The Specs on Spaxman

The number on his jersey was different, but a familiar defenseman was at the point Sunday at Young Arena for the first time in a season-and-a-half.

Just five minutes into his first game back in front of Waterloo fans, the puck came to Ethan Spaxman after a faceoff win.  He stepped toward the dot in the left circle, drawing the attention of the Des Moines Buccaneers’ defense as everyone prepared for the imposing six-foot-four-inch 20-year-old to fire a big shot.  Instead, Spaxman slid the puck along the ice, across the top of the crease toward new teammate Ethan Johnson, who redirected the pass inside the post and across the goal line to give the Hawks a 2-0 lead.

It was a play during the 4-2 Waterloo win which illustrates just how quickly chemistry can form on the ice.

“It’s hockey, the relationships come easy,” Spaxman noted during his weekend return.  “You step in the locker room and everyone treats you like family.  It’s a brotherhood everywhere you go.”

Since playing for the Black Hawks in 2014/15, Spaxman had skated at Merrimack College.  During 48 appearances for the Warriors, he recorded three goals and five assists.  Spaxman returned to a Waterloo club simultaneously familiar and different.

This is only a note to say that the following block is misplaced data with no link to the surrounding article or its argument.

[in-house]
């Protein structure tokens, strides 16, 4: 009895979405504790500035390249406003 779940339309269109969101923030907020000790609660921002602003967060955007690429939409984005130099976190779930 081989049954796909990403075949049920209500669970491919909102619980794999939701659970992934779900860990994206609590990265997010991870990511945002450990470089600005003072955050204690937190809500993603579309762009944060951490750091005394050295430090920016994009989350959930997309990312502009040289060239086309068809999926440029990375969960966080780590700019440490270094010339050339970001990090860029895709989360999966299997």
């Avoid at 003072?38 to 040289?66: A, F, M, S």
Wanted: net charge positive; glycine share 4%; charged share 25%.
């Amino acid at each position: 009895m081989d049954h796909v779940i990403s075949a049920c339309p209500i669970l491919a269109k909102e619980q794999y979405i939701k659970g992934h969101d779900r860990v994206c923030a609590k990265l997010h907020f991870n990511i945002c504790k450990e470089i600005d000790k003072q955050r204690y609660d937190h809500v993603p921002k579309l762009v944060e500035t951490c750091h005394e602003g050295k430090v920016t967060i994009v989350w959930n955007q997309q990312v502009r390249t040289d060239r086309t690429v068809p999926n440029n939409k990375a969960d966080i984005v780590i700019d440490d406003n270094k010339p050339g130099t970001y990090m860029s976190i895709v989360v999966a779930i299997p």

“Nick [Swaney] is the only guy that I had actually played with.  I knew Bailey Conger from Bloomington,” Spaxman said, adding, “Things are still the same; the coaching staff is still the same, so it’s nice to be back and know what they are looking for already.”

After being acquired in a trade from the Bloomington Thunder in November of 2014, Spaxman made 43 appearances for the Hawks.  He arrived in the midst of a long losing streak, but also was part of Waterloo’s nearly-realized bid to rally into the playoffs from a deep hole that spring.  Spaxman’s 16 points for the Hawks (two goals, 14 assists) included a six-game streak December of 2014.

Playing in all three of Waterloo’s weekend contests after a month-long layoff, the Brantford, Ontario, native was reminded of the stylistic differences between the USHL and the NCAA.

“It’s a lot more run-and-gun in the USHL…It’s a transition game, and I think college hockey is going to that, so it’s good that players are already getting that out of this league.”

Spaxman says that off the ice, the atmosphere is also different in the USHL.

“The road trips are pretty long,” he chuckled.  “It’s a little bit different in college, especially in Hockey East because you’re traveling an hour to games, but it’s a lot of fun [here] being on the road with the guys.  You spend so much time together, especially with a tight group; it’s just a lot of fun in the USHL.  For me, I’m not worried about school right now, so I’m just getting back to the basics and having fun playing again.”

The Hawks hope that Spaxman’s fun will continue past the regular season finale on April 8th.  With Waterloo currently tied for third in the USHL Western Conference, the veteran – now returned to familiar surroundings – seeks his first appearance in the Clark Cup playoffs and a strong finish to his junior hockey career.

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